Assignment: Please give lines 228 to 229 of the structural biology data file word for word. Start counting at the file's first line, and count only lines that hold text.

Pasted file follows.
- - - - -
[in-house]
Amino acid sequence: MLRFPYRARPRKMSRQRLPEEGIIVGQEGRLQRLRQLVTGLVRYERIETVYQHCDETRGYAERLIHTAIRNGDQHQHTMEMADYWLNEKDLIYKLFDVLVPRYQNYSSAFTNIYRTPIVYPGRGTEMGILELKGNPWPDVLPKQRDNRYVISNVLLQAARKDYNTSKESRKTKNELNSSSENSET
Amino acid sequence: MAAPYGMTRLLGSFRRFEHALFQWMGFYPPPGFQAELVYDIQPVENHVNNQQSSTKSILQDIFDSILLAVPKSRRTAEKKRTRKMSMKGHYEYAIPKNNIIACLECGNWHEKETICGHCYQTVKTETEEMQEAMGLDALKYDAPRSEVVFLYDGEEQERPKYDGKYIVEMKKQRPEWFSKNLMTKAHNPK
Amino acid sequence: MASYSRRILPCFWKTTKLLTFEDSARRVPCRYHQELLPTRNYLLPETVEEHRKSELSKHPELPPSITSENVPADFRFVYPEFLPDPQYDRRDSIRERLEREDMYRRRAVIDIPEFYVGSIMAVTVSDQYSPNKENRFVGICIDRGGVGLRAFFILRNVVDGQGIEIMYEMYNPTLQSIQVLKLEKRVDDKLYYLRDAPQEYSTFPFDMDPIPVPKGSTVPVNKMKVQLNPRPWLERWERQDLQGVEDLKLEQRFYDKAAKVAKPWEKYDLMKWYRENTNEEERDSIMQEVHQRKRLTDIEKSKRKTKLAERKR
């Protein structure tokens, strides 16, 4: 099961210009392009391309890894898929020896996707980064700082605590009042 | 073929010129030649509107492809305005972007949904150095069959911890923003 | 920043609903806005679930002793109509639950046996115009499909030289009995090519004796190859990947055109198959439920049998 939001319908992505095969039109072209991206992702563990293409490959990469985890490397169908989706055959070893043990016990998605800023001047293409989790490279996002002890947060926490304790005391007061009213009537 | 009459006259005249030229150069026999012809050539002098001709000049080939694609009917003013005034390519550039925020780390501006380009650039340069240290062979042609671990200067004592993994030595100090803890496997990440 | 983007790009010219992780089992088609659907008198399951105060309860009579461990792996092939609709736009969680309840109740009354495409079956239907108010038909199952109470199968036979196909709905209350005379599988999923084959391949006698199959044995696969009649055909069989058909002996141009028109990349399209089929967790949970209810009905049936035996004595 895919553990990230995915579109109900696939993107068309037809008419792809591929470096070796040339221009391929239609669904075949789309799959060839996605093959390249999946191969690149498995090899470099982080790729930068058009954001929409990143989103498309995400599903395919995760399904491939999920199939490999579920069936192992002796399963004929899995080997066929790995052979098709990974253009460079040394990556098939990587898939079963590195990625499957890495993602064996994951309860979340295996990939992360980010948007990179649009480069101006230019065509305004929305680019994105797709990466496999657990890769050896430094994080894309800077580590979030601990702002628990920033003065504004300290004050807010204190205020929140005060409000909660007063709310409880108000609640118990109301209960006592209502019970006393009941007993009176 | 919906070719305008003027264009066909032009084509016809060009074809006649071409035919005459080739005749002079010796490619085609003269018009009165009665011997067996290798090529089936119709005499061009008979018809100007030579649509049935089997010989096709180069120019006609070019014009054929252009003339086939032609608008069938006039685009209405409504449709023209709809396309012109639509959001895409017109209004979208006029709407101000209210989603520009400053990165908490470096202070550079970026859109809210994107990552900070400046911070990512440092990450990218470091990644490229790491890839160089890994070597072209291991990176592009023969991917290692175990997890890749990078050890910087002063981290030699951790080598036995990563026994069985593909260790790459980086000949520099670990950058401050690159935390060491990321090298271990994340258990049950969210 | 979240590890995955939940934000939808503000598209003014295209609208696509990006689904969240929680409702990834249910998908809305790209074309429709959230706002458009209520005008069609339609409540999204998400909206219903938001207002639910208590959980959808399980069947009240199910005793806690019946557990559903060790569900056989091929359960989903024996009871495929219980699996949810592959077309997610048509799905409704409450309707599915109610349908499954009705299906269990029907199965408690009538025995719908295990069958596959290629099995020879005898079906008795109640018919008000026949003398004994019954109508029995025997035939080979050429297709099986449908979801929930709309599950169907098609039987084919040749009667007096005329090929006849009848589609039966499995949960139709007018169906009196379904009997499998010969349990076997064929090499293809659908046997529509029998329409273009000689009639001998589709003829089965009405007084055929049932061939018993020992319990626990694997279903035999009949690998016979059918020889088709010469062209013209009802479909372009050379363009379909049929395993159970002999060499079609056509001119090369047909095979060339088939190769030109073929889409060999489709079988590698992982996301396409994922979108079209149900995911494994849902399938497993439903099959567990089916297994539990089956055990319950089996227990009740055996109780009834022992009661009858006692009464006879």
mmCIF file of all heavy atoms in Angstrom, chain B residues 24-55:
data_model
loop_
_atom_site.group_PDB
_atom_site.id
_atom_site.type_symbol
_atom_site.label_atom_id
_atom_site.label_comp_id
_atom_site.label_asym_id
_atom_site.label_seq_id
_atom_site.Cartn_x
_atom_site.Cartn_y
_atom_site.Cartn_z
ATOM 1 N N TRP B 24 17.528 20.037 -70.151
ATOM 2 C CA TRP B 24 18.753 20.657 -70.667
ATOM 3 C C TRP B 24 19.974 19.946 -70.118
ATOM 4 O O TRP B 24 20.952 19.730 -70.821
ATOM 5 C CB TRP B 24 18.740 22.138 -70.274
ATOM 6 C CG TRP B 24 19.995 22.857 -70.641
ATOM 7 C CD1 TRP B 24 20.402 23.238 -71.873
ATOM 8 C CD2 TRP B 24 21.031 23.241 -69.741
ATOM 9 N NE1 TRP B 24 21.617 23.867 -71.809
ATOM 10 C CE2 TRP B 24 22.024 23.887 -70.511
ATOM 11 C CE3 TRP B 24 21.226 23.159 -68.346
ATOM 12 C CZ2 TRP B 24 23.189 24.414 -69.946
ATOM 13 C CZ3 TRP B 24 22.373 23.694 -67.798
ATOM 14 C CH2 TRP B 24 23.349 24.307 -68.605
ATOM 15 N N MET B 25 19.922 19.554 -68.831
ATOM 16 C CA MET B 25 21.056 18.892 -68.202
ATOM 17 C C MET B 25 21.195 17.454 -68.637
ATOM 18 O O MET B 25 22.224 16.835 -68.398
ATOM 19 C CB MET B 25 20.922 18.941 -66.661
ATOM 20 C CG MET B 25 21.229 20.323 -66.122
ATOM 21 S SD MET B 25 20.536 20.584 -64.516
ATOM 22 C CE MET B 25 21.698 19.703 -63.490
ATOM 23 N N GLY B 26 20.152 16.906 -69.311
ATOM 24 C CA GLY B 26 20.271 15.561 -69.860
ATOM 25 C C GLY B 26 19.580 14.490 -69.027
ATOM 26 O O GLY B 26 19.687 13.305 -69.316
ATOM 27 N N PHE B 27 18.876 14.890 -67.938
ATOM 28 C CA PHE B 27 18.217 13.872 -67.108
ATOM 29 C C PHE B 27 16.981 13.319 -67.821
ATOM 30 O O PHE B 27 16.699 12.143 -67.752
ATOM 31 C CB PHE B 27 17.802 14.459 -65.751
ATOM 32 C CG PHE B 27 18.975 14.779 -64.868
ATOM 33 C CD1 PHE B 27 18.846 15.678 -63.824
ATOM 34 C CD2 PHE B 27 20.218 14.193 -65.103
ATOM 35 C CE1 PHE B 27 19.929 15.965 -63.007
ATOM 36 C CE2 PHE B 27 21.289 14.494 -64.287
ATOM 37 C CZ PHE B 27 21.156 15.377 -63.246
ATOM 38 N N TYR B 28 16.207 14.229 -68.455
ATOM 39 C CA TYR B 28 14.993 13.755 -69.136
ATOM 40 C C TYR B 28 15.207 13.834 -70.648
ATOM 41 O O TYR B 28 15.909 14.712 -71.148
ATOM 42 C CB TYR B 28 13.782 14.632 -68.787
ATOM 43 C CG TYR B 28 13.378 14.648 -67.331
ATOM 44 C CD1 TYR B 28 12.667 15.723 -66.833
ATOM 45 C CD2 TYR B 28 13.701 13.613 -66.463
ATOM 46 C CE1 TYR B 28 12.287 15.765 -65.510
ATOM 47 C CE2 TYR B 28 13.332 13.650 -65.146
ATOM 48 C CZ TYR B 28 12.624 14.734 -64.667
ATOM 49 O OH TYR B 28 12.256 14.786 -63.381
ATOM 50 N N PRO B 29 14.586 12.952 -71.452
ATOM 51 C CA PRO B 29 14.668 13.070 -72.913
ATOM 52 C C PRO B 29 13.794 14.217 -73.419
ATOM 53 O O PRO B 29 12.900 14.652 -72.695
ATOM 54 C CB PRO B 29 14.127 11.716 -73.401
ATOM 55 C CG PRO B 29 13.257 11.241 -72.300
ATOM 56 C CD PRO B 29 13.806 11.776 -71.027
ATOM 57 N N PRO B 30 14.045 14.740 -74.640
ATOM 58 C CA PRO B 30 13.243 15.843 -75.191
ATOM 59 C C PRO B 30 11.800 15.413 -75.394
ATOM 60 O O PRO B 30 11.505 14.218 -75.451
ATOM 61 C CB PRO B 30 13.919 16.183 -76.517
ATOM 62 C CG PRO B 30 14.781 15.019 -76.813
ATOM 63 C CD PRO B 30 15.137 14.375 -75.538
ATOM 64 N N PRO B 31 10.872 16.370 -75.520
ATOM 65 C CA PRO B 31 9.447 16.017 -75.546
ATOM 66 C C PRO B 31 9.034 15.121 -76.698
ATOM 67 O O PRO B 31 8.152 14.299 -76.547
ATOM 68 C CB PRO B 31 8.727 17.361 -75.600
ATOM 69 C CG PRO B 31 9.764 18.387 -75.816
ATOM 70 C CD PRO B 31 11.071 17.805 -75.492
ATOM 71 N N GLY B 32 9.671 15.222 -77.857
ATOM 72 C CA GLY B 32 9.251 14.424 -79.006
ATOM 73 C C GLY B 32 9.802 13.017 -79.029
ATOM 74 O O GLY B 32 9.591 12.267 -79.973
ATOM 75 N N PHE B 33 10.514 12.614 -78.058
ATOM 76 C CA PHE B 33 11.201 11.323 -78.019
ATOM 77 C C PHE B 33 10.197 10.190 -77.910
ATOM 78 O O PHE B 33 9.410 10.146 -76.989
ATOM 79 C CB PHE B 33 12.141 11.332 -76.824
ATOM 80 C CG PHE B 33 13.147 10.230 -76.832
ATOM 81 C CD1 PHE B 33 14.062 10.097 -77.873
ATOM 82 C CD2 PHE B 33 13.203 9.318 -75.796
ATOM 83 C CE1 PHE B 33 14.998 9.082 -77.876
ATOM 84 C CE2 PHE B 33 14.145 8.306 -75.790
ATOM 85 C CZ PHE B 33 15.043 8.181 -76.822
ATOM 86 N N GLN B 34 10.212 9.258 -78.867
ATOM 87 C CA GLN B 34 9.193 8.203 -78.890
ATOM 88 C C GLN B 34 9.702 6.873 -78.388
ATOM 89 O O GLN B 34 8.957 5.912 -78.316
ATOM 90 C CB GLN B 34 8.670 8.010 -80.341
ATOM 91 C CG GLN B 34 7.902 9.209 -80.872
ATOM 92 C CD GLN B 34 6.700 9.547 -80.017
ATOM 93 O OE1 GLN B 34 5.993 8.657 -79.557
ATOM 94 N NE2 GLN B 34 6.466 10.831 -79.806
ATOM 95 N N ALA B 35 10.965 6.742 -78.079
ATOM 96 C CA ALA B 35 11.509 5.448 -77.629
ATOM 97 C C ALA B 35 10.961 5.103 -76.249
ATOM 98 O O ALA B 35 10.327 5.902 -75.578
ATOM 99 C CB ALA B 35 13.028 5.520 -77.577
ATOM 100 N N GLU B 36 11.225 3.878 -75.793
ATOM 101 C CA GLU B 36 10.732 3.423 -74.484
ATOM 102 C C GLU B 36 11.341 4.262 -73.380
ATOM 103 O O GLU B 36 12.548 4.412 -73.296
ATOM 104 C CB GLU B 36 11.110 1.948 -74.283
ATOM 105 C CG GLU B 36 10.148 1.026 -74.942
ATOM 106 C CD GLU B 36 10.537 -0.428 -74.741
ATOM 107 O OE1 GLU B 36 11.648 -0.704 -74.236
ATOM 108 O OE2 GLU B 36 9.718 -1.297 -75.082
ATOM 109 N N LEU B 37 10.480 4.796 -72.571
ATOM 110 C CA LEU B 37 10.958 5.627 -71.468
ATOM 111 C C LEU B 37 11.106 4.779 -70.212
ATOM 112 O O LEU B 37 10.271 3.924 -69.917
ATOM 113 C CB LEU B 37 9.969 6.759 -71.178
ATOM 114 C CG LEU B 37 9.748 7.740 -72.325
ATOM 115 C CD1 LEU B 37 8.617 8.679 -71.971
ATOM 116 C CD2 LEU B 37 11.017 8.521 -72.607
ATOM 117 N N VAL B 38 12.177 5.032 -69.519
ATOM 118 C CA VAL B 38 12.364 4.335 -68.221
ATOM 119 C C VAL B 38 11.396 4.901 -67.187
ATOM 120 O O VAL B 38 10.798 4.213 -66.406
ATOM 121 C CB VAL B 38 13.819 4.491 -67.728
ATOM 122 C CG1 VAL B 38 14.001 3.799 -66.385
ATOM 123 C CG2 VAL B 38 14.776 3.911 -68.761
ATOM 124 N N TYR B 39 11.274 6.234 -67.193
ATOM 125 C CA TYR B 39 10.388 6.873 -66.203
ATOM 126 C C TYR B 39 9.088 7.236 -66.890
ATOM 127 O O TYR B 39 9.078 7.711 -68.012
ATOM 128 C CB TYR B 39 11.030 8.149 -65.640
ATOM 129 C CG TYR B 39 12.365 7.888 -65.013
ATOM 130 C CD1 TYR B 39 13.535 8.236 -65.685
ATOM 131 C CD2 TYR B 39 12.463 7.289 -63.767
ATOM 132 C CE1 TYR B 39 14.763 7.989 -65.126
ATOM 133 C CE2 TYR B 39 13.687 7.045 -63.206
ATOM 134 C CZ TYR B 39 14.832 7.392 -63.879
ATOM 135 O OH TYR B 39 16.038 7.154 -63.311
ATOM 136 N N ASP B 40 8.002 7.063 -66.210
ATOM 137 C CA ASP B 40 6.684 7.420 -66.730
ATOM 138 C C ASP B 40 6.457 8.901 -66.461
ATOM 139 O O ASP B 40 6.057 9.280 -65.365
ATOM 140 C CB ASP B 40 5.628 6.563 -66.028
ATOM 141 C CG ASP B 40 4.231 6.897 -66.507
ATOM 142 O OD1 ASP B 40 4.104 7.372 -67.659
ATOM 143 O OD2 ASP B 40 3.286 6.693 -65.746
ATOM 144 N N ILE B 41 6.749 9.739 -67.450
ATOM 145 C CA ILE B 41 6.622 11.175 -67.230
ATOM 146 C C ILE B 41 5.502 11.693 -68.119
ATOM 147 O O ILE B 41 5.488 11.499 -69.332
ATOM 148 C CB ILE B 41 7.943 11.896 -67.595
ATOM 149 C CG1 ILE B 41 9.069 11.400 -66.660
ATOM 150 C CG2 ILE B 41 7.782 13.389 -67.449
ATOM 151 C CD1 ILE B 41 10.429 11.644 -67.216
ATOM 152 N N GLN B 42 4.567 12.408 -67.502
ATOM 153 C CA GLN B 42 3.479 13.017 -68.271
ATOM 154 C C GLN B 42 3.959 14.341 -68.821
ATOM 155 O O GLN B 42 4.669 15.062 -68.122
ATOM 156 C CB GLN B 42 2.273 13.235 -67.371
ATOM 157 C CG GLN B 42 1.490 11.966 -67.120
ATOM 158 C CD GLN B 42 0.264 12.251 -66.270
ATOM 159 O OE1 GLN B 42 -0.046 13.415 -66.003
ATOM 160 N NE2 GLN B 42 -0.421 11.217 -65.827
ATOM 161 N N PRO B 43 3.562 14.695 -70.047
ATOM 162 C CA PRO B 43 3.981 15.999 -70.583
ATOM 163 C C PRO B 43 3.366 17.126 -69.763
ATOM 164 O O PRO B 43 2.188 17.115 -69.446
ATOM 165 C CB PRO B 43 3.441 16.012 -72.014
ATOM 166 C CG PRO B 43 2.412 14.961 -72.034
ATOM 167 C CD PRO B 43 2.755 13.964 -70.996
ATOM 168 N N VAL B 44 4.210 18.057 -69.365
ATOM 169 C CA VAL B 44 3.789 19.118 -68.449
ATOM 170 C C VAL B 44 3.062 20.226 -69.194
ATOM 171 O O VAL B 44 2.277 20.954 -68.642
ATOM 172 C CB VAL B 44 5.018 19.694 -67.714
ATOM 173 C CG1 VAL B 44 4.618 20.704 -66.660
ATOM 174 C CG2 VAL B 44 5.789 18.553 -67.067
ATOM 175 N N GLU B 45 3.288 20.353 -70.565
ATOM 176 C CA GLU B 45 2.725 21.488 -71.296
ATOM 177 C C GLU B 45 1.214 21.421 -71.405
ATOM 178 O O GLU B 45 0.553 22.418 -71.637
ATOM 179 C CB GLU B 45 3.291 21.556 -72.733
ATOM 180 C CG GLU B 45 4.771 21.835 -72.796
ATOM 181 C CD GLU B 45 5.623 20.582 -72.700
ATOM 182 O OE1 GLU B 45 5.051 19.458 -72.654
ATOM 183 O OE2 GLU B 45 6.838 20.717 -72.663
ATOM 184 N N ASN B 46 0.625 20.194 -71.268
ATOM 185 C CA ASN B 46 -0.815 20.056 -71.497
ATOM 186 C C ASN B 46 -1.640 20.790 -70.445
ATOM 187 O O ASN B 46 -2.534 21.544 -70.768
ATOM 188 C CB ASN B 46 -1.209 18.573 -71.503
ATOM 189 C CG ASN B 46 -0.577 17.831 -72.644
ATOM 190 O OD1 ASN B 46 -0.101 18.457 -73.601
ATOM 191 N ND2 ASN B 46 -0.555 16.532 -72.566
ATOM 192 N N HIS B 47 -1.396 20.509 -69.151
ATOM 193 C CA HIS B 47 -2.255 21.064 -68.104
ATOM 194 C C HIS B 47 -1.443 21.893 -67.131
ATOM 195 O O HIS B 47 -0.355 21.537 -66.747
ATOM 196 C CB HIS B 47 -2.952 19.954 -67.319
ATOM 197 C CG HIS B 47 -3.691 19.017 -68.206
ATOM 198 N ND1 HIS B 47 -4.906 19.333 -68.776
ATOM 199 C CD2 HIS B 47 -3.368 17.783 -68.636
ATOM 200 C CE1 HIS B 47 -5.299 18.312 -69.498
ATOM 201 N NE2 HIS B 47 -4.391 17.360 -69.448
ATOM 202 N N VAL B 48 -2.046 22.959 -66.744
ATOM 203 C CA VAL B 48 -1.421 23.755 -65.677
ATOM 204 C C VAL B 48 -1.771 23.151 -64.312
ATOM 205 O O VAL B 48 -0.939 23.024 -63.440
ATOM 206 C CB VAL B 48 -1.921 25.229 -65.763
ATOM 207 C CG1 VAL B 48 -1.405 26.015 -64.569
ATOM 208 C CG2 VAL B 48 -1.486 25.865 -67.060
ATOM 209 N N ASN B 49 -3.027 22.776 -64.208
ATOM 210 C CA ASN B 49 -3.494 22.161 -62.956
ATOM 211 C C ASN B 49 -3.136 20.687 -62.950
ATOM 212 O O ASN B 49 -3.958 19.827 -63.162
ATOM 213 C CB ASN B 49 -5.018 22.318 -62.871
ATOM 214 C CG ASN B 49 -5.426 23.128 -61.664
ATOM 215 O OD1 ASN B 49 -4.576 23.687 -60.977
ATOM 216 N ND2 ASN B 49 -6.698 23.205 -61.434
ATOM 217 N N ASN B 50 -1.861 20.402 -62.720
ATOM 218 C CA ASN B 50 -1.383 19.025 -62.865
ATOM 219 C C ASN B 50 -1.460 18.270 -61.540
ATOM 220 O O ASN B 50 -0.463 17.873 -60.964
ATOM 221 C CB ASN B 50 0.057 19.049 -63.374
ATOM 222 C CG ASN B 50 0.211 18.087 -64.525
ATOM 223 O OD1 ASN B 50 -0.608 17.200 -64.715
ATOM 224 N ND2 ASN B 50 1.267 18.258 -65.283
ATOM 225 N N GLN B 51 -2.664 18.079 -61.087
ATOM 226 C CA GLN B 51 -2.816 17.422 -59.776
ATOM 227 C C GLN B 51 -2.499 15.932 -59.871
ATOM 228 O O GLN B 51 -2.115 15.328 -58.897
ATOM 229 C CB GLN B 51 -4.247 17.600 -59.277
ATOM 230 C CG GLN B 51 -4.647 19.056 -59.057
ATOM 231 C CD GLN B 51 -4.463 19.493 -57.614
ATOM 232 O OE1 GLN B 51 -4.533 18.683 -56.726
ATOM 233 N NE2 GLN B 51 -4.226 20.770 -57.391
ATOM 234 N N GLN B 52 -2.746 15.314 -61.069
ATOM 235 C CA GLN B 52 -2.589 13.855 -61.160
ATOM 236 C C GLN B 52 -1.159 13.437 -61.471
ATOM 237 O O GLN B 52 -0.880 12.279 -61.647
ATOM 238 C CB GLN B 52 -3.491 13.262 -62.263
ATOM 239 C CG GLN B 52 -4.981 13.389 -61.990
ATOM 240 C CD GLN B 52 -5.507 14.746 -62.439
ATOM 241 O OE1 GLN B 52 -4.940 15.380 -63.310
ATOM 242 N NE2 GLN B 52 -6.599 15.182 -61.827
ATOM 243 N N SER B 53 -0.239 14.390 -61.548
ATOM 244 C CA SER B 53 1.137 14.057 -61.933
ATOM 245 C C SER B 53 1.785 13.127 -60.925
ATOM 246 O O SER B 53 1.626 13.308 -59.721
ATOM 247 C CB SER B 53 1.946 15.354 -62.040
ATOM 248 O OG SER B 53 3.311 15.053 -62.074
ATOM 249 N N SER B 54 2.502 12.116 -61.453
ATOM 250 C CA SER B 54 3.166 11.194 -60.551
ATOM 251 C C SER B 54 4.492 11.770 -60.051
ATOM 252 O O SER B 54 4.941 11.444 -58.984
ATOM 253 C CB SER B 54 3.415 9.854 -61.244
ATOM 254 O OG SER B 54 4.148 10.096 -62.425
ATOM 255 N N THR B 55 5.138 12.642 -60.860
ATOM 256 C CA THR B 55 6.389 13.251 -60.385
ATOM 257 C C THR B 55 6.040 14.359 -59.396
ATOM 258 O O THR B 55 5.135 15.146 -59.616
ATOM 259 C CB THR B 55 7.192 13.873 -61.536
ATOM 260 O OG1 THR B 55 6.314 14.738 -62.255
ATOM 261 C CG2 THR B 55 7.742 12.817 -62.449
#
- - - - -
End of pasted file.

ATOM 210 C CA ASN B 49 -3.494 22.161 -62.956
ATOM 211 C C ASN B 49 -3.136 20.687 -62.950